A supervised visitation schedule obtained by APTN News and imposed on a British Columbia couple fighting to have their newborn returned from the child welfare system, underscores the frustration expressed by those who say the system doesn’t work for families.
Baby H, who is now three months old, was taken by Ministry of Children and Family Development (MCFD) workers from a Kamloops hospital two days after she was born in June, based on the allegation that the mother was neglecting the infant 90 minutes after she delivered by C-section.
The MCFD gave the couple, first-time parents in their 30s, a September visitation schedule that allows them supervised visits with their daughter.
It was devised without consultation of the parents, they say, including the dad who in taking university courses that conflict with the timetable.
Monday visits are from 10 a.m. until noon, Tuesdays from noon until 2 pm, Wednesdays from 1 to 3 p.m. Thursdays noon to 2pm and Fridays 9 to 11 a.m.
“Their schedule makes no sense,” said the paternal grandfather, as a baby’s naptime or feeding schedule doesn’t differ by day of the week but the times she’s available to her parents does.
“It can’t be good for a baby and they (MCFD) refuse to change it or even explain how or why they come up with it without consultation with the family.
Baby H’s father was told the schedule is not negotiable despite conflicts with his university courses.
The mother is able to see the child every day during those times.
APTN cannot lawfully name the family as the child is in care.
The parents say they’ve still not been told what the vague “safety concerns” are that are keeping them from caring for the girl, other than the “neglect” reported by the hospital.
In an audio recording after the newborn was taken the soft-spoken, shell-shocked dad said, “I still see no reason why (mom) and I aren’t capable of loving our child and taking care of her.”
A Kamloops social worker can be heard saying, “I don’t think anyone is saying you’re not capable of loving (Baby H). Everyone’s concerned about baby being cared for and her immediate basic needs being met and we don’t have time to assess that.”
Instead of taking that time to assess, the agency deemed the child as being at a high risk for injury or death and that declaration alone is enough to seize an infant.
The worker on the recording went on to say that in the first 48 hours of the baby’s life “numerous” medical staff made notes that the baby was being neglected. That’s why they showed up when the baby was 90 minutes old.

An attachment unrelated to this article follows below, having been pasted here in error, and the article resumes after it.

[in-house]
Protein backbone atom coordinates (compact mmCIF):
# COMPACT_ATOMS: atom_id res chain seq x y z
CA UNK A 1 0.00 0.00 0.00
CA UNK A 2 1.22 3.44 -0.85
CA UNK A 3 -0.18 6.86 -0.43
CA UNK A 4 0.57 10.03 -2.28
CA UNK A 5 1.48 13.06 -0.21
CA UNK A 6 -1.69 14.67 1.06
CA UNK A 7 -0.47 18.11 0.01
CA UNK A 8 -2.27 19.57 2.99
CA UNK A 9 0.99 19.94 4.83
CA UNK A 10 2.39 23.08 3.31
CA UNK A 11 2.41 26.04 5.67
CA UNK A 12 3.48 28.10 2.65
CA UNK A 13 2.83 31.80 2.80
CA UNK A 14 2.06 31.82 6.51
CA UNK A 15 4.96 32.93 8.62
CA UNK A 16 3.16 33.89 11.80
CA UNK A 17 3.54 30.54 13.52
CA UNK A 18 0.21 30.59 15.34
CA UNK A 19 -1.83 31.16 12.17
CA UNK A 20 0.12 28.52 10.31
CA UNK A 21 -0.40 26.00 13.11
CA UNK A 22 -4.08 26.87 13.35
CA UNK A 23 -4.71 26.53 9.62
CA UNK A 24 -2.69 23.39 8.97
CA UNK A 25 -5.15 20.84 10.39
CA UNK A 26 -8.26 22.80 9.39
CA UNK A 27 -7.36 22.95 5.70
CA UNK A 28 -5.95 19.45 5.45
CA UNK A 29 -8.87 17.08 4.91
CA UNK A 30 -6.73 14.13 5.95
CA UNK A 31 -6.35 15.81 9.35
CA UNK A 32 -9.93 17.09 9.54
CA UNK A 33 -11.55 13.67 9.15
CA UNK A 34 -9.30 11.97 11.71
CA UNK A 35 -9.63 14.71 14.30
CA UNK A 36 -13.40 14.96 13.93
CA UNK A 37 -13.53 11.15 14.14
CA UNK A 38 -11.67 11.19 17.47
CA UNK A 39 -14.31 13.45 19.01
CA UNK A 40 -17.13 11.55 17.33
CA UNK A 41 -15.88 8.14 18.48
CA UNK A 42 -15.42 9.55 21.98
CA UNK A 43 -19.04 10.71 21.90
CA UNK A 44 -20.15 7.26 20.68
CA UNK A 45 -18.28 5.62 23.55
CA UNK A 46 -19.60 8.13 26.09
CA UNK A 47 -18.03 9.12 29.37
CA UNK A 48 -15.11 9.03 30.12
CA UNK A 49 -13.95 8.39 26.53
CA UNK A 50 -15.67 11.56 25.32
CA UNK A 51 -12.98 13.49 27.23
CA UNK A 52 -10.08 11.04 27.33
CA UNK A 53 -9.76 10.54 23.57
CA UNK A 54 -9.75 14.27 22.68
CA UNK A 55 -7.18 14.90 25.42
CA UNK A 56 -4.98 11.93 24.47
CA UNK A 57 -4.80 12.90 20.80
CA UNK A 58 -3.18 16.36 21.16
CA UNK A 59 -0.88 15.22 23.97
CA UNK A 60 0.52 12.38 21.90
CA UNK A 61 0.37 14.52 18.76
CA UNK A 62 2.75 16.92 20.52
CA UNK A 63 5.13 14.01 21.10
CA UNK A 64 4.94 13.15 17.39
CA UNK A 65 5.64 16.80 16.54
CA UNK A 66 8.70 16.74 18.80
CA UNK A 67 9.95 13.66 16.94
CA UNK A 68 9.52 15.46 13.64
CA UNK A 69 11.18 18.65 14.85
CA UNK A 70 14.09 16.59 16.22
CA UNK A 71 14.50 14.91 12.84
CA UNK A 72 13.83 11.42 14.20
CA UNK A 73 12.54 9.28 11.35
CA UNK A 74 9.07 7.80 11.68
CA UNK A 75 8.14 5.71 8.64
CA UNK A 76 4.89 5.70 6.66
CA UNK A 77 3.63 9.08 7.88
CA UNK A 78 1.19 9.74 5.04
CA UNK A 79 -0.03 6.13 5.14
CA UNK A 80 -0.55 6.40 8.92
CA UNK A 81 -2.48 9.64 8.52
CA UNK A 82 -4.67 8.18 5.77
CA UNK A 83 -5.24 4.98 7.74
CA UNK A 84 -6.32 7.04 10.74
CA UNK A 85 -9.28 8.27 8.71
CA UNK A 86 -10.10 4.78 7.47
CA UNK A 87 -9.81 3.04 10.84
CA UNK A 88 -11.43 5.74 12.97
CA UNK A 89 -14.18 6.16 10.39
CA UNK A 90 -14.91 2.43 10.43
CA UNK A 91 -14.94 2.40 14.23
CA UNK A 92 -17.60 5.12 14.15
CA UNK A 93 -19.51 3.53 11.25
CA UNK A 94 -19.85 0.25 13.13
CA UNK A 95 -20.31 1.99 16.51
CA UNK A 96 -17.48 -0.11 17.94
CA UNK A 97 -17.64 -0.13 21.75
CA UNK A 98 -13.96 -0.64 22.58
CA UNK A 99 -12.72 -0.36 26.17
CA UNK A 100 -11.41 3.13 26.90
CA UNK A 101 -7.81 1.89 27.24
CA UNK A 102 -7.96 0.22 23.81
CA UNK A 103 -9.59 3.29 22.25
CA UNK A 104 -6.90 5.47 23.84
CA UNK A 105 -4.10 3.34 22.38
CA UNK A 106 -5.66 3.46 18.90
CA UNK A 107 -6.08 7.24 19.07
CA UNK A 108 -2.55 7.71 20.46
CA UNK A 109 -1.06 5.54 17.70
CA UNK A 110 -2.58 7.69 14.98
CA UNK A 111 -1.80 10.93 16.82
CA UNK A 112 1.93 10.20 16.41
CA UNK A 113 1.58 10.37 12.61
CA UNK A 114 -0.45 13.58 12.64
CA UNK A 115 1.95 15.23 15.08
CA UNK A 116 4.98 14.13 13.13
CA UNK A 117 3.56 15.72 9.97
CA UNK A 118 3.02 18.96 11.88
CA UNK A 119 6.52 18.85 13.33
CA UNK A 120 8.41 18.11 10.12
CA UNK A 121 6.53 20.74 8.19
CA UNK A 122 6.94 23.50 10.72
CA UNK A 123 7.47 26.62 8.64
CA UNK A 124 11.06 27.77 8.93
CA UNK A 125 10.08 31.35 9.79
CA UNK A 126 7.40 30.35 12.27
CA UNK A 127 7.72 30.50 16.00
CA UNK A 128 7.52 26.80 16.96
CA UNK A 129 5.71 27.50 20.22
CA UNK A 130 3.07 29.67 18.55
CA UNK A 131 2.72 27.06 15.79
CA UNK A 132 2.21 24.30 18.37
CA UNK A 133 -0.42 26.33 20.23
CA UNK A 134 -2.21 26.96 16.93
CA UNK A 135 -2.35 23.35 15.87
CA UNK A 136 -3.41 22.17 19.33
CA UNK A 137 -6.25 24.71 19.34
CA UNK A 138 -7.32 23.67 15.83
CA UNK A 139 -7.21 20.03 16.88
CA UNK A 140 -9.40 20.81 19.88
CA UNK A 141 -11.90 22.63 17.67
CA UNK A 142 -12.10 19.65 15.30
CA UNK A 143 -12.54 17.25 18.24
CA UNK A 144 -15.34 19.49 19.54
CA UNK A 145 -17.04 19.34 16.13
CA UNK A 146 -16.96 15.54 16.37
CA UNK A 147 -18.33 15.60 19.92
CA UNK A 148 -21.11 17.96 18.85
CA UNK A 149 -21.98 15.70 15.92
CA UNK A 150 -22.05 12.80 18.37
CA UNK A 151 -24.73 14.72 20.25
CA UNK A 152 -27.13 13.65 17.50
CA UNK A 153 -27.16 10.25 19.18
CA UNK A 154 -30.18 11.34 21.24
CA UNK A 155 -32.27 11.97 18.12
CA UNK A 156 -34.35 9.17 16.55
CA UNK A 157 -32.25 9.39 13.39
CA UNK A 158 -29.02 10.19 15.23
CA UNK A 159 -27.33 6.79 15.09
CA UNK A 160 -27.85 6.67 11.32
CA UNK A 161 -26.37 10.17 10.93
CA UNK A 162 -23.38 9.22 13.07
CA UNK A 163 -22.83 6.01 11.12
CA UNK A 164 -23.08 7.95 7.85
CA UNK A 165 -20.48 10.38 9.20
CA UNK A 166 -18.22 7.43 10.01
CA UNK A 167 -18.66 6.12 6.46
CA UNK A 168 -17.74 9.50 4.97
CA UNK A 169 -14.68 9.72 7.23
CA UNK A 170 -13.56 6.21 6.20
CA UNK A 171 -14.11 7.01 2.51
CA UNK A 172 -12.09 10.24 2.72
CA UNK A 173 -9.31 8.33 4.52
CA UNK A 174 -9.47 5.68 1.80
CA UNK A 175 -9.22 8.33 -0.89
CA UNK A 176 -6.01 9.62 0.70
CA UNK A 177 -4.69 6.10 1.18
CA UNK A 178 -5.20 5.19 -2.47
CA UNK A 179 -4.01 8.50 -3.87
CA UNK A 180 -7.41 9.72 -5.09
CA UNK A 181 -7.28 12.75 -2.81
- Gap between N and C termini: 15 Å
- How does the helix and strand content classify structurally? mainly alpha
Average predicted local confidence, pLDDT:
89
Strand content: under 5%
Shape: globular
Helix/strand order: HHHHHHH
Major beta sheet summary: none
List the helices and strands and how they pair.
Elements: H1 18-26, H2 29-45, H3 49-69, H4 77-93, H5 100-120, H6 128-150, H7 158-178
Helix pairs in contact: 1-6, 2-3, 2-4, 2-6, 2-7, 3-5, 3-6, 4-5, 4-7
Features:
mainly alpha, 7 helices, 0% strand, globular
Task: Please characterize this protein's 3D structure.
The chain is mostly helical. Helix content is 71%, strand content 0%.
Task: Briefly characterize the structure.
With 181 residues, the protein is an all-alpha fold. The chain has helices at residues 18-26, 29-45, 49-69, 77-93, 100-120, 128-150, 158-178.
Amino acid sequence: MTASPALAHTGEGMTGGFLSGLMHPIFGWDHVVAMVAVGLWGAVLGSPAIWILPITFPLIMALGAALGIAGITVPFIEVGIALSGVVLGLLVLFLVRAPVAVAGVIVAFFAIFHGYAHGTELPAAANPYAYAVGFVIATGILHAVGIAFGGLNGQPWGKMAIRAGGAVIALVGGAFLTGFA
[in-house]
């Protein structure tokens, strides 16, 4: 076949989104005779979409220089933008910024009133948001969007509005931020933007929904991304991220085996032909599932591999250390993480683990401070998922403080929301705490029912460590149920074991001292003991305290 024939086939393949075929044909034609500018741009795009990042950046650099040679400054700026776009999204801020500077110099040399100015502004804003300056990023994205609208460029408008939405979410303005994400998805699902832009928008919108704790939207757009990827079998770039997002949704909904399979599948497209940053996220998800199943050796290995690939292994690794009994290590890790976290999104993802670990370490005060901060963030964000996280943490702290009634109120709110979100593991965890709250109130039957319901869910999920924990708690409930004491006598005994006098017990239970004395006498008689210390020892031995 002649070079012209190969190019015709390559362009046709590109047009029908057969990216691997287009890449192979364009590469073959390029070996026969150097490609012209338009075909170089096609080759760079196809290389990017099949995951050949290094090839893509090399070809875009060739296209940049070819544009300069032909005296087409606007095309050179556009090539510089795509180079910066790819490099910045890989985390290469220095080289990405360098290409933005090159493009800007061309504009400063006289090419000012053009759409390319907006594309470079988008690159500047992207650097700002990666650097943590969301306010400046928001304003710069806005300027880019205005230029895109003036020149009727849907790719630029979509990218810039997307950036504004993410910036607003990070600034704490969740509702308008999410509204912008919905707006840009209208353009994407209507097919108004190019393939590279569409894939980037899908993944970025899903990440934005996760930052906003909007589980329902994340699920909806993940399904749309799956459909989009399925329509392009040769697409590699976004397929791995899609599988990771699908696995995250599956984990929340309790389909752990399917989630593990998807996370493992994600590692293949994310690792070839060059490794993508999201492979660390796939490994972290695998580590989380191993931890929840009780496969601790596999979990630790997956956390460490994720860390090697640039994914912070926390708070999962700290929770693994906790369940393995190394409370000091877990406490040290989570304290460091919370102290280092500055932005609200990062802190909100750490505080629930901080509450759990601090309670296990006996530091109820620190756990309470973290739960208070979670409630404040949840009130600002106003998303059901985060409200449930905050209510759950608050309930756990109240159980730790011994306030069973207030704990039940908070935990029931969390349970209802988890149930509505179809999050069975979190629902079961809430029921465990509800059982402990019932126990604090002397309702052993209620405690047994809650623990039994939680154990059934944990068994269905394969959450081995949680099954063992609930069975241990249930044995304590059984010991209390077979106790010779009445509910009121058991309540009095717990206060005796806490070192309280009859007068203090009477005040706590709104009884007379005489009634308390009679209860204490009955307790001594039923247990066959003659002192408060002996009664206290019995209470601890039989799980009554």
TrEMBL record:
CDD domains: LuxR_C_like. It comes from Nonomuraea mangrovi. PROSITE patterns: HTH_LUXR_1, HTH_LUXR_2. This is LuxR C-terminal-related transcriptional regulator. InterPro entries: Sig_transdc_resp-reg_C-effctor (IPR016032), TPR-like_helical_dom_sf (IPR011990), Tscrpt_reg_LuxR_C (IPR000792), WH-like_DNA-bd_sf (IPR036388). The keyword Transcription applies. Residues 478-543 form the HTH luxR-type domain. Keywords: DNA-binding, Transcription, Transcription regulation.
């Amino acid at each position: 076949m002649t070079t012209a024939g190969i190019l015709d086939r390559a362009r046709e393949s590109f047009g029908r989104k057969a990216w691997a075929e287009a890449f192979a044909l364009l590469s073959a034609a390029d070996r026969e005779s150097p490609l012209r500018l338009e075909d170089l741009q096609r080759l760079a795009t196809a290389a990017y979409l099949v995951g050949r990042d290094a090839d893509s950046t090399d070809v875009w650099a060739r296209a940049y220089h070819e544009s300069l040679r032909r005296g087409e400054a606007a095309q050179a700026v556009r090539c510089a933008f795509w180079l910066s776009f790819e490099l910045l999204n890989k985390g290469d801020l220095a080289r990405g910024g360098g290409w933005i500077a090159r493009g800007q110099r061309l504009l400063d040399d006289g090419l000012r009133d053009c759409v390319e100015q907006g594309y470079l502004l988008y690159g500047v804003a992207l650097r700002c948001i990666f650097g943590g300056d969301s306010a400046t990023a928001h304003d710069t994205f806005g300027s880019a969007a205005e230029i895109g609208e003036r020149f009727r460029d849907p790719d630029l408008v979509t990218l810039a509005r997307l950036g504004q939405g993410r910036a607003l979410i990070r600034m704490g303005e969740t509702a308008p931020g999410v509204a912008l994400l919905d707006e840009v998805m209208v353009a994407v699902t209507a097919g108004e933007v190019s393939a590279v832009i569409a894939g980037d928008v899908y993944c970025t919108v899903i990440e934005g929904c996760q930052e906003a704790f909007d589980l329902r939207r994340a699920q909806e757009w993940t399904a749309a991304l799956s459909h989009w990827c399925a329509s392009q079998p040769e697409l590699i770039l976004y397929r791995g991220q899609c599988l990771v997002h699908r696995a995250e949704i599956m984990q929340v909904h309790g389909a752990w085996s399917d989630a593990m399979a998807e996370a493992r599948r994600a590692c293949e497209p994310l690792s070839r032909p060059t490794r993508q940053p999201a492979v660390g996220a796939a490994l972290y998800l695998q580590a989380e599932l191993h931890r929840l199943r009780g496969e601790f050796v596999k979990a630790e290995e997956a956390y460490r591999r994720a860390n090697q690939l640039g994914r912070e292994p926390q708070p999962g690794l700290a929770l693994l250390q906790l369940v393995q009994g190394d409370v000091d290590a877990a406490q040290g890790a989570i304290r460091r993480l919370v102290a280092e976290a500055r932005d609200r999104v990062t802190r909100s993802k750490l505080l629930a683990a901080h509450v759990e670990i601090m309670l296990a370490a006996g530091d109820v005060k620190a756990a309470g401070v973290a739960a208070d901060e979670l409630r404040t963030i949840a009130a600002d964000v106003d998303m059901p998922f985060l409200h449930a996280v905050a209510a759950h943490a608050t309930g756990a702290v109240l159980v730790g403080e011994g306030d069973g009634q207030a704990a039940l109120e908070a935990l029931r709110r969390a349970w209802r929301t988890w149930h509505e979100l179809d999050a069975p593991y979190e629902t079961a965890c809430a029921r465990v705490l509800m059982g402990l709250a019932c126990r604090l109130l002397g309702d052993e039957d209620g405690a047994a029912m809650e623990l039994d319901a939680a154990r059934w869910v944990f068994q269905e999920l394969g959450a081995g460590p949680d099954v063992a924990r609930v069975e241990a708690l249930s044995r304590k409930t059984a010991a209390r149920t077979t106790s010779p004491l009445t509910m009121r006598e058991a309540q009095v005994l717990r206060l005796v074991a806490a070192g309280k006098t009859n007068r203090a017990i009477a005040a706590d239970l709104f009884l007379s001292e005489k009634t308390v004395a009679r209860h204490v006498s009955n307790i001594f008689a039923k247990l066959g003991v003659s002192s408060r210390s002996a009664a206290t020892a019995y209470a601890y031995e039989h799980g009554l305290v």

The family said the mom wasn’t responding to the baby’s cues because she was exhausted and either sleeping or sedated – not uncommon within 48 hours of having a C-section.
In the recording, the social worker admonishes the father saying, “(Mom) can’t even be roused for this meeting because she’s so out of it.”
The baby’s dad replied incredulously, “Yeah, from the prescription medication she was given from her doctor.”
The social worker advised the distraught father that, “We’re not going to change our decision. Time will change our decision, how you interact with support services outside the hospital and engage in child-centered services. So learning about child-centered cues and learning what it looks like to be a parent, I think, we need to see you demonstrate that in the services before we’d consider allowing the baby to be returned to your care.”
The parents and their families have been fighting ever since to have the baby returned.
MCFD workers have had the infant in five foster homes in her short life.
No one in the Minister Katrine Conroy’s office has responded to request to clarify whether MCFD workers can impose a visitation schedule on parents without consultation.
The baby’s grandpa said that questioning case workers and recording meetings with them – which MCFD confirms is not against its own rules – along with the story being in the media, has resulted in punitive blowback against the family. Longer waits, fewer phone calls returned and seemingly no movement for a timeline to return the baby.
All of this comes as B.C. says it will end the controversial birth alert practice that separate moms and babies shortly after birth, and a damning review of the child welfare system in B.C. that disproportionately preys on Indigenous families.